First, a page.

- Posted by: Joyce Watson MS
- Category: Uncategorized
Former publican Joyce Watson AM is backing Welsh Government moves to introduce minimum alcohol pricing in Wales.
Mrs Watson, who ran public houses in mid and west Wales before entering politics, said that she has seen the impact of problem drinking, and had also seen the way in which publicans are able to regulate drinking and to support problem drinkers.
Joyce Watson AM said:
“At a time when a leading supermarket is selling cans of beer for 25p*, this move will have a huge beneficial impact across Wales.
“Young people are growing up thinking it is normal to consume large amounts of cheap alcohol, with all the problems that come from that.
“I am convinced that this Bill will also reduce the number of alcohol-related incidents of violence against women.
“Next month we will be campaigning on White Ribbon Day, where men say ‘not in my name’ to violence against women and girls, and I believe there is clear evidence that setting a minimum price for alcohol will benefit not just those who have problems with drink, but also those impacted by their behaviour.
“Wales has a real problem with alcohol-related harm. 463 people died in 2015, and all these deaths were avoidable.
“When I think about the pain and impact each of these deaths will have had on families and on their communities, it is clear to me that we have to take decisive action.”
The Public Health (Minimum Price for Alcohol) (Wales) Bill, has been introduced before the National Assembly for Wales this week by the Welsh Labour Government.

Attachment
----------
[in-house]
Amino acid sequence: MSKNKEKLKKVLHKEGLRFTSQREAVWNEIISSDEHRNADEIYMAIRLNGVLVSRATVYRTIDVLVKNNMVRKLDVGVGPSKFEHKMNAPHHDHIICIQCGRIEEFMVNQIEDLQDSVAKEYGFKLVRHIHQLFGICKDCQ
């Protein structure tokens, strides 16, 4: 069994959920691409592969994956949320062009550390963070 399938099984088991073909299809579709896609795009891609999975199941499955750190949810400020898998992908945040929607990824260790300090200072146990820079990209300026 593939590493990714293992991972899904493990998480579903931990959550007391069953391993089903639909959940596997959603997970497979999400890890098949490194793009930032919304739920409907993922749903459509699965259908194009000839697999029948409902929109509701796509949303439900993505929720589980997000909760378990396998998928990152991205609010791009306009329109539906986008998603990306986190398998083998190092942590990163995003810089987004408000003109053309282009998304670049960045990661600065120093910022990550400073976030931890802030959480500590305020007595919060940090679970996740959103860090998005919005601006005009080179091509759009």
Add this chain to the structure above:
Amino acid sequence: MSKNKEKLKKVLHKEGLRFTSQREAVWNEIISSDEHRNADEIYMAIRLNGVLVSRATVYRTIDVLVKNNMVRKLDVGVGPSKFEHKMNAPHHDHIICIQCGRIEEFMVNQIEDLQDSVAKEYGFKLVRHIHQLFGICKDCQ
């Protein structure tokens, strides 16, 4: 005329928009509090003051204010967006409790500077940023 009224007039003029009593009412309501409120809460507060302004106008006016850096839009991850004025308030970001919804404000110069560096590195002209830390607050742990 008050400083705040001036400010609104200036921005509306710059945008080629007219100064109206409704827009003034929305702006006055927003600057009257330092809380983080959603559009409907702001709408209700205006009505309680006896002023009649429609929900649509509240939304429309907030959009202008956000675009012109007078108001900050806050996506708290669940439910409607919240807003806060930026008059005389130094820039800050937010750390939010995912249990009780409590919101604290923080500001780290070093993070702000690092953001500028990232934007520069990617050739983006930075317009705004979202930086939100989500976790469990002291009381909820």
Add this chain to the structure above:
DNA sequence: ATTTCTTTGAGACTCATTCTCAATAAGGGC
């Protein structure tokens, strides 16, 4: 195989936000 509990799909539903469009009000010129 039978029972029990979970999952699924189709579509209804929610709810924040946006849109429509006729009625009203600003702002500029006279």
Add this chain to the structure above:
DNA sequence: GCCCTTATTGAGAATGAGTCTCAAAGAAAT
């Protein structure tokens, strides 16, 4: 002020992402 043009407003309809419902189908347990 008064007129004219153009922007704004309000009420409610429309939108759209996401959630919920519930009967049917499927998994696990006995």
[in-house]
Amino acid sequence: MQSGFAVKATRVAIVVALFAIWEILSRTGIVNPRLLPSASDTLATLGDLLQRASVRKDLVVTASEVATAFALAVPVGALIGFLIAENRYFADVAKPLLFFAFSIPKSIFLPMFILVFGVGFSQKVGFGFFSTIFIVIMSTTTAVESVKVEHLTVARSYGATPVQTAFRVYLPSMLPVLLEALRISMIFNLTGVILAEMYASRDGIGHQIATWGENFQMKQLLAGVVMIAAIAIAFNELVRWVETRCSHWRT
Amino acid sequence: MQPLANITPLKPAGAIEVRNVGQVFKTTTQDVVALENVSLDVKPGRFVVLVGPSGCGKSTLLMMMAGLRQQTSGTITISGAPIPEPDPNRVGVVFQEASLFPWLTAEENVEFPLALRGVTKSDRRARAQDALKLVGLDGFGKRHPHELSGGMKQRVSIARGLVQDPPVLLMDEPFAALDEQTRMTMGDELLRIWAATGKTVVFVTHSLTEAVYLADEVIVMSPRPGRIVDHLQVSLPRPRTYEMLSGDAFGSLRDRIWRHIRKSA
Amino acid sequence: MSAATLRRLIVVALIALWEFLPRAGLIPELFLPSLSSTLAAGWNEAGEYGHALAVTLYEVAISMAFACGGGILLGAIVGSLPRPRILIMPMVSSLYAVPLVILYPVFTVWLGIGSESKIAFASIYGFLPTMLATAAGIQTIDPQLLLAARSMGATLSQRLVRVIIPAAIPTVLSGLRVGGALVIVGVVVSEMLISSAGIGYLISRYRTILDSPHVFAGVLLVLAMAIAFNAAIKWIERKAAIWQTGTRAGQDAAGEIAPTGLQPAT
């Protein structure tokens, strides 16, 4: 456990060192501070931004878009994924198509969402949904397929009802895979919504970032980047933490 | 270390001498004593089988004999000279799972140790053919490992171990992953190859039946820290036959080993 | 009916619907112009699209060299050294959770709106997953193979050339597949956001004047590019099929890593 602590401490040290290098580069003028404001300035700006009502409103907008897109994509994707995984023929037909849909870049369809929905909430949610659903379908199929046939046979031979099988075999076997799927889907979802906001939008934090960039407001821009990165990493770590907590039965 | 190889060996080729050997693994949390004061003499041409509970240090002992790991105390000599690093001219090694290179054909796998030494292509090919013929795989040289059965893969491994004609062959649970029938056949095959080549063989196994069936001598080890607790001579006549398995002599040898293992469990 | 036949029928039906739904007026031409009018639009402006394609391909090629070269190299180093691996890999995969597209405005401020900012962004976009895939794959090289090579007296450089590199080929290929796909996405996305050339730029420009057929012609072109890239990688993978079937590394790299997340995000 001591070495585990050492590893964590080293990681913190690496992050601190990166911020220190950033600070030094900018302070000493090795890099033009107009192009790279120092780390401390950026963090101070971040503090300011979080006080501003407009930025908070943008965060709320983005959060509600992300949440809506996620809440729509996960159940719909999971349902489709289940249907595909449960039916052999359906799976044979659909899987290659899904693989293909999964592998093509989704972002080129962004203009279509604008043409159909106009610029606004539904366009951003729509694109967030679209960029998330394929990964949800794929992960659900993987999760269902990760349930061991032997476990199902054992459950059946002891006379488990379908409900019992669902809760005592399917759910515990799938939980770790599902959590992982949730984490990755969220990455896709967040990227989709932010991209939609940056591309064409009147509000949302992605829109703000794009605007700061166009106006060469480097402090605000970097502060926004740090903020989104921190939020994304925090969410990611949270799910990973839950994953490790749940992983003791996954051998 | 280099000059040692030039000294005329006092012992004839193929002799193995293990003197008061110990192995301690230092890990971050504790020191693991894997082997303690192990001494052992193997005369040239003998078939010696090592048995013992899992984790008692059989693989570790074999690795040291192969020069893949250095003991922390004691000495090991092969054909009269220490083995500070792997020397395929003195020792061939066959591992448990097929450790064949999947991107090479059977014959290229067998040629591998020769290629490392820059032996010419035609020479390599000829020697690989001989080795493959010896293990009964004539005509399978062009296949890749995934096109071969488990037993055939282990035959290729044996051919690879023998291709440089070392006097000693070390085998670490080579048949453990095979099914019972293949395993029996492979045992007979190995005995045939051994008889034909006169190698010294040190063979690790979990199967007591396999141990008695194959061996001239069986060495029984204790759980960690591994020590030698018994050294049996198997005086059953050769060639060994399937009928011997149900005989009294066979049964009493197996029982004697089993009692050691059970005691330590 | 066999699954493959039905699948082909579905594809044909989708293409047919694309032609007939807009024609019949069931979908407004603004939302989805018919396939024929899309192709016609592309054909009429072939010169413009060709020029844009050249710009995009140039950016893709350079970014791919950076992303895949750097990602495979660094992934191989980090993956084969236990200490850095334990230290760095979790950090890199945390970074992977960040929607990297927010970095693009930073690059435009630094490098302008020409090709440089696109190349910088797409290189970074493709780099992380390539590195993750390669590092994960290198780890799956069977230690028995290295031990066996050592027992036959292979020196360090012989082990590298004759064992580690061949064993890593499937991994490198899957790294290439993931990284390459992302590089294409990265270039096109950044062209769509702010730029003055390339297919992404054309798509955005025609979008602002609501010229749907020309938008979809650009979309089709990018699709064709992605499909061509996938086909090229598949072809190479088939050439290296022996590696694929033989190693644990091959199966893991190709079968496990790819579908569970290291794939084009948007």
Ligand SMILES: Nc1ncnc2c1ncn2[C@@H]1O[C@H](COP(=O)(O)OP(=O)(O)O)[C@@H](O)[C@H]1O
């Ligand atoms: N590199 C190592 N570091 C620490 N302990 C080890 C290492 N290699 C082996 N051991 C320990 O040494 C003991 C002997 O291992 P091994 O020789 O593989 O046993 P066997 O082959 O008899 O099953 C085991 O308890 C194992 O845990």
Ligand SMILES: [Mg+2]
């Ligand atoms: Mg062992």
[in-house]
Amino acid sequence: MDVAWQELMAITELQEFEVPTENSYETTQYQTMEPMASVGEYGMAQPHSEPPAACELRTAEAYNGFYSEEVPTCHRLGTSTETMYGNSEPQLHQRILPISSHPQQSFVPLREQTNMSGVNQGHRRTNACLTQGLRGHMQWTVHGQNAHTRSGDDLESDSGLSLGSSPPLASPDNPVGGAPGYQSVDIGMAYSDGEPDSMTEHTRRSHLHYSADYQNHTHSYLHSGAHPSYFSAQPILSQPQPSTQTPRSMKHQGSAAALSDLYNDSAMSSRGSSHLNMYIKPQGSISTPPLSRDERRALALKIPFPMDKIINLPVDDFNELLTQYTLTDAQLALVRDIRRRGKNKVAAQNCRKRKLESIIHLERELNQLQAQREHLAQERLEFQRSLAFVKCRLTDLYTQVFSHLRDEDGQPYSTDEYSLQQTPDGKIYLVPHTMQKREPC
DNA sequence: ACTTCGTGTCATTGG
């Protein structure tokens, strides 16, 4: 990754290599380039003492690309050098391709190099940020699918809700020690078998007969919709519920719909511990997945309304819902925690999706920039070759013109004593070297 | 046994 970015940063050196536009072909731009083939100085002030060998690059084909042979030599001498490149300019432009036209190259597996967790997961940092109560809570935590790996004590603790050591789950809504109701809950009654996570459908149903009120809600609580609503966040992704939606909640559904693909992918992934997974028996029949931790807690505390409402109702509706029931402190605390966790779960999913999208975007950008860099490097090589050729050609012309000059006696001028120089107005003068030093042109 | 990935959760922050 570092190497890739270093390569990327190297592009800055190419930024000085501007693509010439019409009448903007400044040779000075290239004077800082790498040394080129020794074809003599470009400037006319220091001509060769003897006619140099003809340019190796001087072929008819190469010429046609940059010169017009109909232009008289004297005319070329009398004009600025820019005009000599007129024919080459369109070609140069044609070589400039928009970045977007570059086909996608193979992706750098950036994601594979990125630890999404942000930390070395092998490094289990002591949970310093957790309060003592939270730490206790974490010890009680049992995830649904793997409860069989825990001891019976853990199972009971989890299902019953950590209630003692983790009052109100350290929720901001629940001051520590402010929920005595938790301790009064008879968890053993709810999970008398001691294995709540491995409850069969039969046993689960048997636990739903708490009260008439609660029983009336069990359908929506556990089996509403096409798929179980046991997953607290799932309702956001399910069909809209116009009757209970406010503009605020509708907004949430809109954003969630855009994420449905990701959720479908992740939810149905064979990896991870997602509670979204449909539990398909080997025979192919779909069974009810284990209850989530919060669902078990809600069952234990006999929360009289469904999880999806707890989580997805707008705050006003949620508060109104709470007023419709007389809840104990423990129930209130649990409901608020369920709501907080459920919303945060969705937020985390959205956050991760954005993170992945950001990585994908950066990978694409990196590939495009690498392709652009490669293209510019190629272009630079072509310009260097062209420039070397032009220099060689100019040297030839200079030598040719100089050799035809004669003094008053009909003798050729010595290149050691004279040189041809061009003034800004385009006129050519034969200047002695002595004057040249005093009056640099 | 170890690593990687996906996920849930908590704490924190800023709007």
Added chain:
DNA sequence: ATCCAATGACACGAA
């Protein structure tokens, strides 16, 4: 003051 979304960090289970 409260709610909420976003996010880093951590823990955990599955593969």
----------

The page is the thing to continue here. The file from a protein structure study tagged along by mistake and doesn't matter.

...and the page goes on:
The Bill will address longstanding and specific health concerns around the effects of excess alcohol consumption, which is estimated to lead to 50,000 alcohol-related hospital admissions a year, costing the Welsh NHS £120m annually. In 2015, there were 463 alcohol-related deaths in Wales.
In 2014, research on the impacts of introducing a 50p minimum unit price** estimated the following:
• a 50p minimum unit price would result in 53 fewer deaths and 1,400 fewer hospital admissions in Wales per year
• a 50p minimum unit price would save the Welsh NHS more than £130m over 20 years, by reducing impacts on health services, such as Accident and Emergency
• it would reduce workplace absence, which is estimated would fall by up to 10,000 days per year.
Over a 20 year period, the introduction of a minimum unit price could contribute £882m to the Welsh economy through the reduction in alcohol-related illness, crime and workplace absence.
The Bill proposes:
• a formula for calculating the applicable minimum price for alcohol using the percentage strength of the alcohol, its volume and the MUP
• powers for Welsh Ministers to make subordinate legislation to specify the minimum unit price
• to establish a local authority-led enforcement regime with powers of entry, powers to bring prosecutions for offences and to issue fixed penalty notices.